Creating Master-Detail Forms with Multi-field Primary Keys

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More often than not, the primary key field of a database table is composed of a single field which is autoincremented whenever a new record has to be inserted. However, it is sometimes necessary to have a primary key field composed of multiple fields. Take for instance the example of a table containing a list of Companies, whereby each company has multiple Account records in a related table. Whereas the primary key field of the Companies table is a single autoincremented field, the Accounts table has a compound primary key field. The compound primary key field is composed of an AccountID as well as the CompanyID of the parent Company record:

                                   

The process of inserting records into the Companies table can be accomplished with an ordinary record form since the primary key is always generated by the database. However, when inserting new records into the Accounts table, a Custom Insert has to be performed. Before a record is inserted in the Accounts table, the form has to receive an input parameter specifying the CompanyID of the parent company which will then be combined with a user specified AccountID to make up the compound primary key.The implication here is that the Accounts record form cannot be accessed directly but rather has to be accessed via a link which contains the CompanyID of the parent company. One way to do this is to have a page with the record form for the Company records and also a grid form for the Accounts belonging to the company as shown below:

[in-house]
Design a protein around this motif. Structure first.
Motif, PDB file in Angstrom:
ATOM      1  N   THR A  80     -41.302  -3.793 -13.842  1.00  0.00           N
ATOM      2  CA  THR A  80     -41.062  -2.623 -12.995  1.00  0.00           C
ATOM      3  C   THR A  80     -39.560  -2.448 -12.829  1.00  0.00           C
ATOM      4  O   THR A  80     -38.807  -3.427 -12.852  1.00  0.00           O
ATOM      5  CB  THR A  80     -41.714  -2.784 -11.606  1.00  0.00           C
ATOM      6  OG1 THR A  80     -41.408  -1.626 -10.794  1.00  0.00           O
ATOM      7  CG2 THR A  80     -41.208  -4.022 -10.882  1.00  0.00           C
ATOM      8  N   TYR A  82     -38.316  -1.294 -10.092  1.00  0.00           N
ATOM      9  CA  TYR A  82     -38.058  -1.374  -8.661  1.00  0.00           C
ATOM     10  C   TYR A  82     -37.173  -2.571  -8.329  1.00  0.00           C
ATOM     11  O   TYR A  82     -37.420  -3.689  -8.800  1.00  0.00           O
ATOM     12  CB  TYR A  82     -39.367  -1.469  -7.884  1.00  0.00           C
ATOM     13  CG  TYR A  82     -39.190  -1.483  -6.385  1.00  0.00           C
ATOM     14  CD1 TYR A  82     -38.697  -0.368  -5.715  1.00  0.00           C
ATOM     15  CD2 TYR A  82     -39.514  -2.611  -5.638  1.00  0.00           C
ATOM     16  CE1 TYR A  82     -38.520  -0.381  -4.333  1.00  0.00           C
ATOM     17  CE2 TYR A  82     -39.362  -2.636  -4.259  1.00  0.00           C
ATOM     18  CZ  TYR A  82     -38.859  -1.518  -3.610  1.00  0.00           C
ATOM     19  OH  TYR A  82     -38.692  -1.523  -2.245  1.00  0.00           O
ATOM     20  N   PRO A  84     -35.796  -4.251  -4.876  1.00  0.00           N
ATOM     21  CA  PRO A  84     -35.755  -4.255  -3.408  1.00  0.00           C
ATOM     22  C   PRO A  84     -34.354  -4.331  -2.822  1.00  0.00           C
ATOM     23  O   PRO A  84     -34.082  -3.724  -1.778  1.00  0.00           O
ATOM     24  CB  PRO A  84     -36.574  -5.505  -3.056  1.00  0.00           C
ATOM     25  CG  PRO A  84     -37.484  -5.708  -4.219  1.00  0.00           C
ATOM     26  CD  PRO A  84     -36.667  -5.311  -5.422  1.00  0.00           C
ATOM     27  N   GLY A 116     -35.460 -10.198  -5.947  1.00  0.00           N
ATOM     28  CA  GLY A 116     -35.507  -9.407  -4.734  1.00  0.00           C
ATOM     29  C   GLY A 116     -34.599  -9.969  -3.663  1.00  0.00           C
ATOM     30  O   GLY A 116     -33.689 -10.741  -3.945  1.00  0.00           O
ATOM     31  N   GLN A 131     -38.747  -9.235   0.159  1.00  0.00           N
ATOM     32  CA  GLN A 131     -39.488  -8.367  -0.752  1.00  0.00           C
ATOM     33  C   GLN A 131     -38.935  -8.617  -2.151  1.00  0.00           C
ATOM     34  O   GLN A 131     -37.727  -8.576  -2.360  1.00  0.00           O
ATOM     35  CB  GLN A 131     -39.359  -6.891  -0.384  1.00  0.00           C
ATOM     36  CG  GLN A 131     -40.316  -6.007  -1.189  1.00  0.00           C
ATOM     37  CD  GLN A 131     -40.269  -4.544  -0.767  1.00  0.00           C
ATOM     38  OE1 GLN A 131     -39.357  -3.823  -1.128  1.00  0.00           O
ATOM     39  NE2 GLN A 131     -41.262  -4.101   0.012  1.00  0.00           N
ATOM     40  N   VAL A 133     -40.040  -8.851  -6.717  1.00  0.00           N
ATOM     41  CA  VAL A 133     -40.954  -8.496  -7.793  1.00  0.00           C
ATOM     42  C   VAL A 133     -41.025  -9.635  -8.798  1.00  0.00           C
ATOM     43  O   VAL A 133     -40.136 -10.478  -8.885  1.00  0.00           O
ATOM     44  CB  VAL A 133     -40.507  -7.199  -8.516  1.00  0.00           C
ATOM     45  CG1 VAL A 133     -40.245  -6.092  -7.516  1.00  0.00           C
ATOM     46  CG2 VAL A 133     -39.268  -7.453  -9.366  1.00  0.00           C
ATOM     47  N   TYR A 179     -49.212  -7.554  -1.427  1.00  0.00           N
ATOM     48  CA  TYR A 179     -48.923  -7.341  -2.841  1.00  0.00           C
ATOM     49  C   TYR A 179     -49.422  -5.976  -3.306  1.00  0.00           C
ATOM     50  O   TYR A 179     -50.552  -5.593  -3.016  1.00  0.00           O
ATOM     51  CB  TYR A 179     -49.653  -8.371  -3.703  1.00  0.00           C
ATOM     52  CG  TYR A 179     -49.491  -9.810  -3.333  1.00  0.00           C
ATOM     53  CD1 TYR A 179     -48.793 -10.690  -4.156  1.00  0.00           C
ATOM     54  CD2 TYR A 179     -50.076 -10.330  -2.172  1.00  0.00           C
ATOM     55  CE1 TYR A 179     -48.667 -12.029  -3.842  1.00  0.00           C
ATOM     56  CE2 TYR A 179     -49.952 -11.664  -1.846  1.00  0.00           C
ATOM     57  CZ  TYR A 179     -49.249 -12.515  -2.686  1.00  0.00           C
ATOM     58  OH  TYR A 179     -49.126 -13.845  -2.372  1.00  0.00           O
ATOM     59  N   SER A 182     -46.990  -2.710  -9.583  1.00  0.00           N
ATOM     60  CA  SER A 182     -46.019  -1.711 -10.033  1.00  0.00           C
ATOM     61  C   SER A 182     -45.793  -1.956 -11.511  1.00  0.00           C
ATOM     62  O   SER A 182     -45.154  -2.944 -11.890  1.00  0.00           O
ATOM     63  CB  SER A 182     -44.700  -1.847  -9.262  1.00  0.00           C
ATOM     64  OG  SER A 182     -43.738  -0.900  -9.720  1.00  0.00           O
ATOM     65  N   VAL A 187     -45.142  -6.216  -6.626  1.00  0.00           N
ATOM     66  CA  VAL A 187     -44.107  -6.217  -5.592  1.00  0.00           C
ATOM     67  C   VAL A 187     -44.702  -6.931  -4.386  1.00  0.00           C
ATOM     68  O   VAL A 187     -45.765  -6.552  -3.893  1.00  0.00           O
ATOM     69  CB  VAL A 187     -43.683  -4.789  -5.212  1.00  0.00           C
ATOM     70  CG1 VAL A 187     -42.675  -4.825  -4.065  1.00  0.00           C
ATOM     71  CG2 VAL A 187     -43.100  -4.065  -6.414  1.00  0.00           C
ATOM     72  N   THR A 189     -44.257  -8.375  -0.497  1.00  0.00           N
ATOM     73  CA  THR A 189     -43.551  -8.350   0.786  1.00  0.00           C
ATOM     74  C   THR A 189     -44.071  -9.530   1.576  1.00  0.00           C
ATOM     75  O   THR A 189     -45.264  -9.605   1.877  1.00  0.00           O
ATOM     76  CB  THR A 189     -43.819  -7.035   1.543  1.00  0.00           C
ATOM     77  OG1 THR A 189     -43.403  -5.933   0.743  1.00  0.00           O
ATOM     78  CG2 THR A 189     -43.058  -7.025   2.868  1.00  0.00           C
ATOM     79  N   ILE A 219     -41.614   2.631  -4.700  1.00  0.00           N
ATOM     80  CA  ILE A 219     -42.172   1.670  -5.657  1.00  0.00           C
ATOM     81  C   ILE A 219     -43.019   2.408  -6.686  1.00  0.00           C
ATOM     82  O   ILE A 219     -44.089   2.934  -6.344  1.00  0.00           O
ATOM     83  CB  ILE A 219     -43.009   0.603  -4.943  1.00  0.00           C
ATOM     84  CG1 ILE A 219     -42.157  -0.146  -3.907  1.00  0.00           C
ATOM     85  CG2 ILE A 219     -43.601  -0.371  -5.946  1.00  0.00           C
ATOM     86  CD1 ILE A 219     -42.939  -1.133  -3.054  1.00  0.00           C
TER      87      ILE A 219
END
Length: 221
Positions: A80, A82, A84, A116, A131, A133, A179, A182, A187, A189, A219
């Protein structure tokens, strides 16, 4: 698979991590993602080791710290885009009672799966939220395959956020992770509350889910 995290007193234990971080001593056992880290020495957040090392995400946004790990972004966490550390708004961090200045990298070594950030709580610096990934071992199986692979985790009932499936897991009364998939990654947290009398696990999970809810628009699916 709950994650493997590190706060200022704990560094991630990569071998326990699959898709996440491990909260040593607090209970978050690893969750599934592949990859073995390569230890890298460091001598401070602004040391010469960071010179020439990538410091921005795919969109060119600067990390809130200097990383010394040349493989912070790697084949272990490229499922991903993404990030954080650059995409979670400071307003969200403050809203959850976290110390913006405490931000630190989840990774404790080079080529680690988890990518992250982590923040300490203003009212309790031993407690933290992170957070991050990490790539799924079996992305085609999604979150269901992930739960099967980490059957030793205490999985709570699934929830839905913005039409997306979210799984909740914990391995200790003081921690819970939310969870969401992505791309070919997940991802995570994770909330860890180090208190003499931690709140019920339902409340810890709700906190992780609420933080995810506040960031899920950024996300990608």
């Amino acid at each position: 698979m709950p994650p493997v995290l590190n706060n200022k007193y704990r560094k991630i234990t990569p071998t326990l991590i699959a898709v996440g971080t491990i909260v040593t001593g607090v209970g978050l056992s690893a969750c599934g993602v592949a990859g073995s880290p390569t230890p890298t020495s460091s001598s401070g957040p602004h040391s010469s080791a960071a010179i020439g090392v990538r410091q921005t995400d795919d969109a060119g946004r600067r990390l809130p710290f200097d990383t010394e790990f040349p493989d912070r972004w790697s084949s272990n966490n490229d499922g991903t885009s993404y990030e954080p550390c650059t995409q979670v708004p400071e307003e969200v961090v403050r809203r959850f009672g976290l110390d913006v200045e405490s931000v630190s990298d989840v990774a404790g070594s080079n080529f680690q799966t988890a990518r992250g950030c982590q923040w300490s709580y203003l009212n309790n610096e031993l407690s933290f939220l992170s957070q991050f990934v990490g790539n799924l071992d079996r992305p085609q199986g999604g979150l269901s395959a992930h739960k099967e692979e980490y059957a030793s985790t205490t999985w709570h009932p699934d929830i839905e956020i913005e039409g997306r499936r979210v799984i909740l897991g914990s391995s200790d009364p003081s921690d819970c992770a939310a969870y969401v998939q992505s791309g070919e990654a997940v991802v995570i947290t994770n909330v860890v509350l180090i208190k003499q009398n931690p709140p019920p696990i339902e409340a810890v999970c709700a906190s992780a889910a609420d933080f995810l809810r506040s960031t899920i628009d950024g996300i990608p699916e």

In this case, the grid form with the Account records has a Add new Account link which leads to the record form used to insert new Account records. The link defines an output parameter containing the CompanyID of a company so that the CompanyID will be accessible when adding a new Account record.

The link with the CompanyID URL parameter leads to the AccountEdit page which has a record form used to add new Account records. In this record form, the Custom Insert Type property is set to Table whereas the Custom Insert property specifies the fields to be used in the insert operation as shown below. Notice that whereas the AccountName and AccountID values are received from a form, the CompanyID value is received from the URL parameter specified above. As such, the user specifies the AccountID and Account Name in the record form then when the form is submitted, the CompanyID is retrieved from the URL and used to create the compound primary key.

We do not need to specify Custom Update or Custom Delete properties because once the AccountID and CompanyID values have been inserted into the database table, both values can simply be retrieved from the database when editing a record. The insert operation is unique because the CompanyID comes from a different table whereas the AccountID is specified by the user.

PS: When you use any of the builders to create record forms, you are allowed to specify only one primary key field per table. However, after the form has been generated, you can edit the Data Source property of the record form to add input parameters for other fields that make up a compound primary key.

    



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